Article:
Receiving tokens like REP without having any ETH could still be achieved under rent regime, but indirectly. End-users are not forgotten, but they will need to do more work to receive and keep their assets, because a platform subsiding all of that seems to be un-sustainable.
The goal here is to prioritise the survival of the platform. Without platform, there will be no end-users.

In order to solve that, one would need to introduce separate timestamps for all storage items, which now becomes similar to solutions proposed in the original post.

Instead of maintaining the timestamps of all storage items individually, can we collect the storage rent in epochs(common expiry date). Any user who wants to store some data on a contract can pay for rest of the current epoch and next epoch(optional). At the end of the epoch, if the data is not paid for the next epoch then it is removed from state in which case, witness has to be provided for reviving the removed data.

PS: I have written a model for rent collection based on epochs here.

This implies that data within a contract can be selectively removed and revived, rather than the entire contract removed/revived. Which can be decomposed into Cross-Contract storage, or schemes with CREATE2 owner’s contracts that Vitalik mentioned above

This is a great idea, thanks for this contribution - I have been thinking about it today, and it seems to me that this could be a suitable alternative to LCCS, provided that we solve eviction notification, which is not too difficult.
I am going to try three things next:

  1. Implement an example of ERC-20 contract and a corresponding token holder contract (which could be made to support multiple tokens, I think), and see if it works.
  2. Use heuristic and automation to gather more accurate data (I had to use manual inspection before) about the share of ERC-20 tokens in the current state
  3. If (1) works out, I will look into comparative efficiency of this scheme and LCCS, and modify State rent proposal accordingly, adding modification to the eviction notification.

You wouldn’t. The contract would quickly get evicted, and if you later wanted to spend it, you could recover it and spend the REP by proving that the contract previously existed.

This just made me realise, that at least for token contracts, eviction notifications might not be as important as I thought - since the evicted holders can be brought back, technically, those tokens are still part of the supply - so the totalSupply does not need to be reduced when the token holders get evicted. This could make things even simpler. Thank you for that thought!

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I would be very interest to see this implementation! :slight_smile:

Thanks for starting this!

May I highlight that the .eth Registrar (for forward name->address resolution) is just one piece of the ENS system.

There is the Registry, which is currently much more susceptible to griefing, as “higher-level domains” are “free”. (Quotes here, since the Registry is actually oblivious of the concept of names/domains, operating on hashes only.)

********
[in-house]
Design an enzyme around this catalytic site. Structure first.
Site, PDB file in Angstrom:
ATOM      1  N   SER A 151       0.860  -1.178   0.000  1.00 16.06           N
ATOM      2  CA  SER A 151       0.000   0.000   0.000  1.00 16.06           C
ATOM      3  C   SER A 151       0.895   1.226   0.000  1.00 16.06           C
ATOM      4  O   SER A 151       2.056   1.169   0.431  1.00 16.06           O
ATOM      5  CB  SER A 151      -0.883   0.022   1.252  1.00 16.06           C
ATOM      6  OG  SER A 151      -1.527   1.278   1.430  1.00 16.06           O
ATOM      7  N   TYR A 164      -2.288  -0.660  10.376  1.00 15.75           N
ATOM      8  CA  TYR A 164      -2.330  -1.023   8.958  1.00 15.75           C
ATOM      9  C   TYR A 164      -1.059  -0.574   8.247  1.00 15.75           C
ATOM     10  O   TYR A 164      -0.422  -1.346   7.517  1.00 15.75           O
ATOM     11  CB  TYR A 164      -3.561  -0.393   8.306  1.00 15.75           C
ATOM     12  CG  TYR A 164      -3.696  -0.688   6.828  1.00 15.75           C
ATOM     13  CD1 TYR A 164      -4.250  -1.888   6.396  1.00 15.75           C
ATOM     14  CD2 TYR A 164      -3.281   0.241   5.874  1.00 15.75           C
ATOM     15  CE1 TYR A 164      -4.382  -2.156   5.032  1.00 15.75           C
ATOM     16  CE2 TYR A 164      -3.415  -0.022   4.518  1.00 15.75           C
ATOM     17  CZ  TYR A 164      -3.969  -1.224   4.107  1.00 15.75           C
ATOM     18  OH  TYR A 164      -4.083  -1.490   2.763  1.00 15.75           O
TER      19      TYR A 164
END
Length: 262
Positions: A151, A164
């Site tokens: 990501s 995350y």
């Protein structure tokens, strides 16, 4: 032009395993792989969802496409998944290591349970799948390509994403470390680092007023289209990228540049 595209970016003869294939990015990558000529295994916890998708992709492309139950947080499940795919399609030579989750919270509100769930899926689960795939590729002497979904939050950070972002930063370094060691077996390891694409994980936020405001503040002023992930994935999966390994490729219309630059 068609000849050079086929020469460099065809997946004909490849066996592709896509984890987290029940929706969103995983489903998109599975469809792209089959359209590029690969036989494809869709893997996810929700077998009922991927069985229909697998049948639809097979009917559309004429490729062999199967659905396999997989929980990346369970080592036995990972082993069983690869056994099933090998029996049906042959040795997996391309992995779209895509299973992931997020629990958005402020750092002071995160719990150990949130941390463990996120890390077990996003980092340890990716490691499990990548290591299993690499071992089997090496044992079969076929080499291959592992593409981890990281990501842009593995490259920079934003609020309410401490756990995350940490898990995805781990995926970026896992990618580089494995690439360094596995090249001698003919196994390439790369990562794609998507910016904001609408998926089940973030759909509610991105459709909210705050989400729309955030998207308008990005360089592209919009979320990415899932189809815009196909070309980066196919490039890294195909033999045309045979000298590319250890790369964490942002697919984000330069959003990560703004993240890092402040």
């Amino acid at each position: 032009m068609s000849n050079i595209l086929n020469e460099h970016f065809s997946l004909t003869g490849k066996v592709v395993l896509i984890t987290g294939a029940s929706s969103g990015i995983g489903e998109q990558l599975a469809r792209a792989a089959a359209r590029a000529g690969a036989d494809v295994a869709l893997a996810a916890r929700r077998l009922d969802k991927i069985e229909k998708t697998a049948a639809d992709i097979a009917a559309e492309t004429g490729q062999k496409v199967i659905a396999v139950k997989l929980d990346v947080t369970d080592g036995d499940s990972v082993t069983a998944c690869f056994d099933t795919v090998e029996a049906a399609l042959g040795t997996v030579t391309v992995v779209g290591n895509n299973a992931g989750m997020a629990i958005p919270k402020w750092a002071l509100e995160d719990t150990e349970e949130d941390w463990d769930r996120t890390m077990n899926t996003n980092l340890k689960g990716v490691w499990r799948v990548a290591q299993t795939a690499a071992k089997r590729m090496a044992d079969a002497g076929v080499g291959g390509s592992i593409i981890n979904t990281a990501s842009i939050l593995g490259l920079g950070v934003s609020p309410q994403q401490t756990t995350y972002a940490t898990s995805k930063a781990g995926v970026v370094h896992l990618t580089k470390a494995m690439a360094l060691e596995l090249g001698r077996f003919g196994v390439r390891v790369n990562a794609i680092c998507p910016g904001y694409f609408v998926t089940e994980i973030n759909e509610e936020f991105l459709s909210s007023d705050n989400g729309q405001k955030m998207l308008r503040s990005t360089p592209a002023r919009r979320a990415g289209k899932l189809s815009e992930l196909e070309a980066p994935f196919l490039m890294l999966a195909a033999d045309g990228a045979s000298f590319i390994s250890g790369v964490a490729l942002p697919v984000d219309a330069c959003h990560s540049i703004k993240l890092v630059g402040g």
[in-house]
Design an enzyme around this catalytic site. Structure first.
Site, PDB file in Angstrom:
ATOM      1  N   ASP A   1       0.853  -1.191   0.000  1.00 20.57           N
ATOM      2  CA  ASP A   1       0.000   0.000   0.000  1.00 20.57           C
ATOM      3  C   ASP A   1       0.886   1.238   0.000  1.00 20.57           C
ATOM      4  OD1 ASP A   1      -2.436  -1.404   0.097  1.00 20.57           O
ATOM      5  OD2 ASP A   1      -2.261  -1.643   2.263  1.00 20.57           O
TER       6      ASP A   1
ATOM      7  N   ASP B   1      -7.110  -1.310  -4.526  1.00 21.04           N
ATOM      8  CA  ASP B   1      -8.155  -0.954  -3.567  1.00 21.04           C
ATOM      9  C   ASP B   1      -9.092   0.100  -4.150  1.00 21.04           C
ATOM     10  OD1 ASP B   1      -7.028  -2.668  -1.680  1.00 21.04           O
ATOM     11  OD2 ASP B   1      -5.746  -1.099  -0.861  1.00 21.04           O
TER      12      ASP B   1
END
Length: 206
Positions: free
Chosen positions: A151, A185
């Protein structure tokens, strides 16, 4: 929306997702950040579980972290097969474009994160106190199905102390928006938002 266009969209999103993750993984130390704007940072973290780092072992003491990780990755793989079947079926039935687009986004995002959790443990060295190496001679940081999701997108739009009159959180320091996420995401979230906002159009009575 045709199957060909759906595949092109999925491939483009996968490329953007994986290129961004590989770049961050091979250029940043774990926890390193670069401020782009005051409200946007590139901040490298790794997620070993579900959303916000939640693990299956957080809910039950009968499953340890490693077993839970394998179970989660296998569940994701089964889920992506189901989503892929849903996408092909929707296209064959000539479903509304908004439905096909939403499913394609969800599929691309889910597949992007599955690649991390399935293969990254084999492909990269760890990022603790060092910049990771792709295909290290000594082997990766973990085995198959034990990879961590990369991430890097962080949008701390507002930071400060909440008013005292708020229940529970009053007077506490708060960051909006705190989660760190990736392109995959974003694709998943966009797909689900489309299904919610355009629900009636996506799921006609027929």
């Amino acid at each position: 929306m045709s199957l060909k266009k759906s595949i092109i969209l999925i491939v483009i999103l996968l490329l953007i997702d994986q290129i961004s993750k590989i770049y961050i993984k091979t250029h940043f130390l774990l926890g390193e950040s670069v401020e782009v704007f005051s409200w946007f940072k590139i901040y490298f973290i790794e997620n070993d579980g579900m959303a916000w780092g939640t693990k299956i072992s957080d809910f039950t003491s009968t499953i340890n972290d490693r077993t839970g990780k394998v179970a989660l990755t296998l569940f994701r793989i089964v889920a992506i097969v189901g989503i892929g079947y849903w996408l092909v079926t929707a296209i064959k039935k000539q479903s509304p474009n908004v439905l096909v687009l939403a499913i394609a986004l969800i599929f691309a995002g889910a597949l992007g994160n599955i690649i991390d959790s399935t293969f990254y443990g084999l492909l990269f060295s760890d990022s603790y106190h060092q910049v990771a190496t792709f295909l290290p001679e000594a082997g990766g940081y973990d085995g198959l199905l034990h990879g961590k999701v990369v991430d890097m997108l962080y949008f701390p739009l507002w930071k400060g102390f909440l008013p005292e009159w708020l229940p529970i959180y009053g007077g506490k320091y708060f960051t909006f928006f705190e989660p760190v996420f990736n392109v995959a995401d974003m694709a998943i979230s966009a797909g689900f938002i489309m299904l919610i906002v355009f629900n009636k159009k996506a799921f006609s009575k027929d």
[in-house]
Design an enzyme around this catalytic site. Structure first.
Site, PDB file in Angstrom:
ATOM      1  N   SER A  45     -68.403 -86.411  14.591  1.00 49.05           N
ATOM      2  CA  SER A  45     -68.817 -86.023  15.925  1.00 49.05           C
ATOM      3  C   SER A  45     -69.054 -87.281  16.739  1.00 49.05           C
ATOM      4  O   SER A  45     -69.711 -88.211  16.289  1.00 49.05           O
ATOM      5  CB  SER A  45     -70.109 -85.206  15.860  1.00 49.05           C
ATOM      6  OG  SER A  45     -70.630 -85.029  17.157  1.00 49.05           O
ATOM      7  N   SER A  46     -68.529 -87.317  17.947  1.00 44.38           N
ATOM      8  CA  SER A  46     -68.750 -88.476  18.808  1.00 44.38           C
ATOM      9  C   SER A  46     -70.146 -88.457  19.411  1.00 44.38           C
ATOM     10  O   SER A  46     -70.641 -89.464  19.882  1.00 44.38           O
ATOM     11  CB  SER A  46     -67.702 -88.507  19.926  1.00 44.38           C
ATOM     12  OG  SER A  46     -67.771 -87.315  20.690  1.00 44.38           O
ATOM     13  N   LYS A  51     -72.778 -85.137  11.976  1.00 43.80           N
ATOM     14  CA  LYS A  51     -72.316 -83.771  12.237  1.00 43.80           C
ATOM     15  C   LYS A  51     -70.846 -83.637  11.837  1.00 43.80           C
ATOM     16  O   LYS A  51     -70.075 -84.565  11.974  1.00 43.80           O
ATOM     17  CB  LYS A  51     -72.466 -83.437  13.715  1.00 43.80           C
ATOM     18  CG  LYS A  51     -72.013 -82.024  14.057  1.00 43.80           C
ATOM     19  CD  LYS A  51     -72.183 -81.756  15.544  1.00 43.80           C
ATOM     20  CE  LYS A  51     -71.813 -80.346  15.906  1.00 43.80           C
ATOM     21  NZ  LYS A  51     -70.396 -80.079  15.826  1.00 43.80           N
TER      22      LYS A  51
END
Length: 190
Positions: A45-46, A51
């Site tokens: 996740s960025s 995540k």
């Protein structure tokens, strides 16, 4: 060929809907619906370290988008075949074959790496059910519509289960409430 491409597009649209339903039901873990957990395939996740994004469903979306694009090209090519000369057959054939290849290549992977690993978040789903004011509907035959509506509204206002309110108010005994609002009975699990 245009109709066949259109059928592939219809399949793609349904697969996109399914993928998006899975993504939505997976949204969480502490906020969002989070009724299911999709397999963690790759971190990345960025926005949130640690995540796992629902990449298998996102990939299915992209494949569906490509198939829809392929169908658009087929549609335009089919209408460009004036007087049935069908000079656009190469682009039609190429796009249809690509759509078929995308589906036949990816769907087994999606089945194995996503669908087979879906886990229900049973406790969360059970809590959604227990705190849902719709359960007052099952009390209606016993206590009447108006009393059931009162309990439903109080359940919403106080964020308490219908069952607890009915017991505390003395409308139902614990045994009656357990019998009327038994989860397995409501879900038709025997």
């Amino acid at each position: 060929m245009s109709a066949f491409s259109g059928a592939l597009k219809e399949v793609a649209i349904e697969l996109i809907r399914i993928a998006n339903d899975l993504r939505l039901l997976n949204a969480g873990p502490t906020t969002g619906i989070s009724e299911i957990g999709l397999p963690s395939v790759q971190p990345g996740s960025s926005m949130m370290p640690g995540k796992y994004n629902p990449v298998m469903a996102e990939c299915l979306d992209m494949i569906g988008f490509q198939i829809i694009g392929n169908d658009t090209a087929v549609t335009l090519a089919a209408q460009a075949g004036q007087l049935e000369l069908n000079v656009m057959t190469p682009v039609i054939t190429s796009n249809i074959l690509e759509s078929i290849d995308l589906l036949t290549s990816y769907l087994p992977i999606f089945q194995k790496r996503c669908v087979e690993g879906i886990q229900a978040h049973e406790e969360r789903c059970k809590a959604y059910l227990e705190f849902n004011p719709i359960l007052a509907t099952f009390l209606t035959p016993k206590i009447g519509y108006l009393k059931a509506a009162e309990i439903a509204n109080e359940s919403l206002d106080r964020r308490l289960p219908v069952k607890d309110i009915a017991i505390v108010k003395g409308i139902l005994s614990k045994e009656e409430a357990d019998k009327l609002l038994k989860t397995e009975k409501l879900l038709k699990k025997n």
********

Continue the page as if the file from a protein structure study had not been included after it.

This is proportional in the Public Resolver, probably the most popular resolver (as it’s “free for use of public” and requires no personalised deployment); and the Reverse Registrar/Resolver dual-purpose contract - perhaps to a lesser extent, as there’s only one entry possible per account address, instead of an entry for any conceivable name (as in the case of the “forward” resolver).

Then there are the Deed contracts, a copy for every auction entry; but their impact on storage bloat (and rent) is proportional to that of the .eth Registrar, which you’ve mentioned.

(Sorry for not linking all these mentioned contracts just yet - in a bit of a hurry. Ping to remind me to do this.)

See @nickjohnson’s reply with actual links.

I made an implementation of an ERC20 token that stores its state in separate contracts over the weekend. I’m not sure if it works - the tests aren’t using Constantinople. It’s at .

Thank you for that! I am trying to do the same, and I will definitely use some of the ideas from your code. I am going to be doing Constantinople uint tests too. Will post here in couple of days when I have the first version

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So I have some data on ERC20 tokens. I used successful invocation of “transfer” function to detect ERC20 contracts. By successful I mean either returning zero-length output (earlier version of the standard), or non-zero output 32 bytes long.

At block 6813760, which is 2nd of December, there were 149’746’097 storage items in total, spilt across 7’014’024 contracts. Note that there are also zero-storage contracts (like the ones created by GasToken2), these are not counted into this number. In fact, 4’619’309 contracts have a single item in their storage.

ERC20 heuristics identified 71139 ERC20 contracts. That includes CryptoKitties_Core, because it is both ERC20 and ERC721. And these 71139 contracts collectively occupy 80’504’952, which is about 53.7%

It would be easier to identify all ERC721 contracts, because the standard demands that Transfer event is to be issued on any transfers. But the strategy for further data analysis is to remove all ERC20 contracts from the dataset and see what seems to be the largest category now.